4 things golfers need to know before trying to ‘shallow the club’

April 6, 2020

Editor’s Note: Baden Schaff has been a PGA teaching professional for 17 years and is the co-founder of Skillest, a digital platform that connects golf students with golf coaches across the world for online lessons. To learn more about Skillest and to book a lesson of your own with Baden or Shauheen Nakhjavani, head over to Skillest.com or download the app in the app store.

If ever you wanted proof that online golf coaching has moved beyond a novelty or curiosity, it lies in Shauheen Nakhjavani.

Shauheen, if you didn’t already know, is a Canadian coach based in Montreal and he is making serious waves in the world of instruction. The amount of students he teaches on Skillest is eye watering. In the past two years he has given nearly 4,500 lessons to students across the planet and he has done all of this from the palm of his hand.

Why is he so prolific?

It’s simple: Shauheen really really knows his stuff.

By definition if you want to be a successful online coach you have to be good. There is no room for small talk when you are teaching someone online, you need to have an incredibly well trained eye ,and Shauheen’s attention to detail is second to none.

His teaching has become so popular that he is redefining the vernacular and swing models that are used by other coaches. In particular he is renowned for his ability to teach golfers to shallow the club correctly on the downswing. Shallowing the club correctly is the holy grail of the slicer whose downswing is always too steep.

Shauheen excels in his explanation as he fundamentally understands that nothing works in isolation. There are so many factors that contribute to a golfer being able to bring the club from the right direction on the downswing and remove that slice. He has even created a course on Skillest that is entirely dedicated to this problem, I sat down with him recently to talk about the structure of that course and the main factors to consider when trying to shallow the club.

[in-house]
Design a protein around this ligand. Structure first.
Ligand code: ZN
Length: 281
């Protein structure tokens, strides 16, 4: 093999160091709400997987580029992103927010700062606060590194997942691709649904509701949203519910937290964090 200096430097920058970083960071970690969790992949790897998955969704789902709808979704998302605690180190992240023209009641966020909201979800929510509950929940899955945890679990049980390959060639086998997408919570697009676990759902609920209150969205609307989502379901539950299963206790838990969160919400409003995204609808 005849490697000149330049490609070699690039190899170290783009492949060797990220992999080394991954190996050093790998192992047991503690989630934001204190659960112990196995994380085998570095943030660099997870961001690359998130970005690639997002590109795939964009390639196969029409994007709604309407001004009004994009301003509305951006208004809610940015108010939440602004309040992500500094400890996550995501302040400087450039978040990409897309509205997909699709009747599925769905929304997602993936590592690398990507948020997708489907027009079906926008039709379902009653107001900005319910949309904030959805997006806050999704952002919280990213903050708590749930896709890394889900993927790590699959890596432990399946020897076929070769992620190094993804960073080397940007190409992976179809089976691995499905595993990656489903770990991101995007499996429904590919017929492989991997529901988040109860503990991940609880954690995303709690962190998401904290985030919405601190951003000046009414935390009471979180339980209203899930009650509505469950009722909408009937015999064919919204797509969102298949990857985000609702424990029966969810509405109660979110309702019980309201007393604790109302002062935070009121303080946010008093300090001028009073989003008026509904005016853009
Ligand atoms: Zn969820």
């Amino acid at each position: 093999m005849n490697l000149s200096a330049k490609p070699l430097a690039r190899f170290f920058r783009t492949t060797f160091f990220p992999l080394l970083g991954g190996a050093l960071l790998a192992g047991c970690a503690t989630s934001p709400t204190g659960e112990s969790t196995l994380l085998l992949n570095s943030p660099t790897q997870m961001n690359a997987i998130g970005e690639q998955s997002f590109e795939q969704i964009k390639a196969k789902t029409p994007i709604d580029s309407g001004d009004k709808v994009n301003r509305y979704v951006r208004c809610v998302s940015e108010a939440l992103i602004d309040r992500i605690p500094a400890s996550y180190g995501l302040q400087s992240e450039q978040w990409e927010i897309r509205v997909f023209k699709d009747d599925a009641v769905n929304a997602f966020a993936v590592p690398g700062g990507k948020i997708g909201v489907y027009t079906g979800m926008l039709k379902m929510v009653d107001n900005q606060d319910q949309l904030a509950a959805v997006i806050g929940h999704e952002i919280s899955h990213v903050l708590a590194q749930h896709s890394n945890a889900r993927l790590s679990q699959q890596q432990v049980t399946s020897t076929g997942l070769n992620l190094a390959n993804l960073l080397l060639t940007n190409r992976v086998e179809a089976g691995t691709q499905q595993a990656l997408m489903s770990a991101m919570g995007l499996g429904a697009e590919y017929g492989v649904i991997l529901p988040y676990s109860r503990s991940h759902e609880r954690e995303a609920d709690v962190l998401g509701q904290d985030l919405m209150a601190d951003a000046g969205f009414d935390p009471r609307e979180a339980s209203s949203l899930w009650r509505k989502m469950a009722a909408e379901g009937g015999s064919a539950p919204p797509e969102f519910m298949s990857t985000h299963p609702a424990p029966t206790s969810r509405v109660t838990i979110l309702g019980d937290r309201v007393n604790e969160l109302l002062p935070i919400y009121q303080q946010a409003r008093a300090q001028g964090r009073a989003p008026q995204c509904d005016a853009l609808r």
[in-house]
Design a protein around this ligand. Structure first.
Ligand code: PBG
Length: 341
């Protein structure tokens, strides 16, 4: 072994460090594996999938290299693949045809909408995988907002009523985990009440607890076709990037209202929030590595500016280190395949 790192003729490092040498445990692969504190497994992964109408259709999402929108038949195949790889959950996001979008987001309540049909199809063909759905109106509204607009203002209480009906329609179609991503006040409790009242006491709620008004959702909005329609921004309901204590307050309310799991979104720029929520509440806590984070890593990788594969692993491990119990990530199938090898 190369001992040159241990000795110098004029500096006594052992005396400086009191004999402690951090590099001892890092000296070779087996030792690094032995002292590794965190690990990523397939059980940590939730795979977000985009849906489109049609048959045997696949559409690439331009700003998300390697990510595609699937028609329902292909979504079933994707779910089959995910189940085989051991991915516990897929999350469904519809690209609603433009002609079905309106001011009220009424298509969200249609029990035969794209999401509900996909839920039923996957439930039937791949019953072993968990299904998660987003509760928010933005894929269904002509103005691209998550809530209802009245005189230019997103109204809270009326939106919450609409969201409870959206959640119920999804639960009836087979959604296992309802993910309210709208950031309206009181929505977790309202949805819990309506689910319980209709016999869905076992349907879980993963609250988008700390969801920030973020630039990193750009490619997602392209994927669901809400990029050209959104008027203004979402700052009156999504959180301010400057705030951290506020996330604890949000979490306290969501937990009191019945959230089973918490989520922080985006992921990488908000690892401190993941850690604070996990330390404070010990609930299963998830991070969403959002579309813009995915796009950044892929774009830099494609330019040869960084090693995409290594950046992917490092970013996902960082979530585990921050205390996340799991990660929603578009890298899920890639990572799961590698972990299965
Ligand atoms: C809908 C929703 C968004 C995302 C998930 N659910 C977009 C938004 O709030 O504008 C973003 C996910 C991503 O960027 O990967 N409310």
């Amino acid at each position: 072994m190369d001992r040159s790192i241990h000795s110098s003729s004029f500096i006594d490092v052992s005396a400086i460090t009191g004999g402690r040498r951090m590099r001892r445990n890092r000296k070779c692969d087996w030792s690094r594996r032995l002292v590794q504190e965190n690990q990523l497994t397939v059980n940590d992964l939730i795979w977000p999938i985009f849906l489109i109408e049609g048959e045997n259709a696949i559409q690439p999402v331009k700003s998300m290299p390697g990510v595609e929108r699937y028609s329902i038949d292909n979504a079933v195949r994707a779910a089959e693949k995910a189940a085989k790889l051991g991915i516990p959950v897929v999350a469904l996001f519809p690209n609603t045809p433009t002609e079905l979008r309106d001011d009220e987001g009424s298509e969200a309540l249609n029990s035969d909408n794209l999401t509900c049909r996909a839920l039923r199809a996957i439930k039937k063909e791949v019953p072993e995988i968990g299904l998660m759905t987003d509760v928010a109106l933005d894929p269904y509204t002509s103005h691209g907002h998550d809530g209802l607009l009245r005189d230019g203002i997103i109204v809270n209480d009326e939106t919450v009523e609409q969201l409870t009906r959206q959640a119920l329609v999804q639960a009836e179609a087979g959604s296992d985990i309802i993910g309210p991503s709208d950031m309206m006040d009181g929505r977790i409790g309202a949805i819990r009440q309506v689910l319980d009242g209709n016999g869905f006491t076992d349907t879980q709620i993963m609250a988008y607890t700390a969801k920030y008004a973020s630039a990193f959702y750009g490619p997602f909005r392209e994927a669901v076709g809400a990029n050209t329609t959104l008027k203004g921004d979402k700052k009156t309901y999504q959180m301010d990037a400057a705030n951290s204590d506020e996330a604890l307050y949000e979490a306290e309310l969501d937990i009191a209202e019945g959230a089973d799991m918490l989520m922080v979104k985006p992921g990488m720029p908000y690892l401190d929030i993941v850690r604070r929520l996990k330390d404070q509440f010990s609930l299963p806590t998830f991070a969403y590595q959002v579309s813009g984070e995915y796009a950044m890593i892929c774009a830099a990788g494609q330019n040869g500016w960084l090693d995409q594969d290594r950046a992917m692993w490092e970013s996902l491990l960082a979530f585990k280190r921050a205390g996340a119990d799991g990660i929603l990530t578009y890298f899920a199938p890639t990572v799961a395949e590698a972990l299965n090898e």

1. Shoulder rotation: Internal vs. External

The common belief is that to shallow the club correctly on the downswing you need to get your trail arm to externally rotate on the backswing. Shauheen says that this can be very counterproductive as you will then need to overcompensate on the downswing consequently leading to a steep downswing. Ricky Fowler is the perfect example of this.

2. Grip and Wrist Angles

Your initial wrist angles are critical to shallowing the club. Being able to move your wrists into flexion (bowing) on the downswing is a must. It is this move that allows you to close and deloft the clubface preventing the ball from going right. Too strong a grip at the start will prevent the flexion on the downswing and will often lead to the cupping of the wrists which is one of the biggest causes of a slice

3. Forearm Rotation

One of the biggest faults Shauheen sees students make is the amount of forearm rotation they have on the backswing. Golfers have the misguided belief that if they roll their arms to the “inside” that they will be able to bring the club from the inside. This, like many counterintuitive elements of the golf swing has the opposite effect.


4. Lead Arm Depth

The direction of your arms on the backswing is critical. If you take your arms too vertically on the takeaway it makes them very hard to shallow them on the downswing. If you look at players who have really high arms like Justin Thomas or DJ they require a lot of right side bend to compensate. This requires a lot of coordination and can cause injuries.

This is just the tip of the iceberg if you want to understand all of the influences of shallowing the club and the whole 15 video course is available on Skillest right now. It is information that is being used by multiple touring pros including former Players Championship winner Stephen Ames. Nahkjavani’s depth of knowledge on the golf swing is even more remarkable when you learn that he is completely self taught. He himself has never even had a lesson. His concepts and theories have all been developed through years of studying the golf swing on his own. He didn’t have a mentor whose theories have heavily colored his. His ideas are his own.

His obsession with the golf swing is perhaps only matched by his love of his home town Montreal. It appears that he will not be setting up an academy in Florida and Arizona anytime soon. Fortunately for thousands of golfers around the world he is still able to teach you at any time of the year and all from the palm of his hand.

To learn more about Skillest and to book a lesson of your own with Baden or Shauheen Nakhjavani, head over to Skillest.com or download the app in the App Store.

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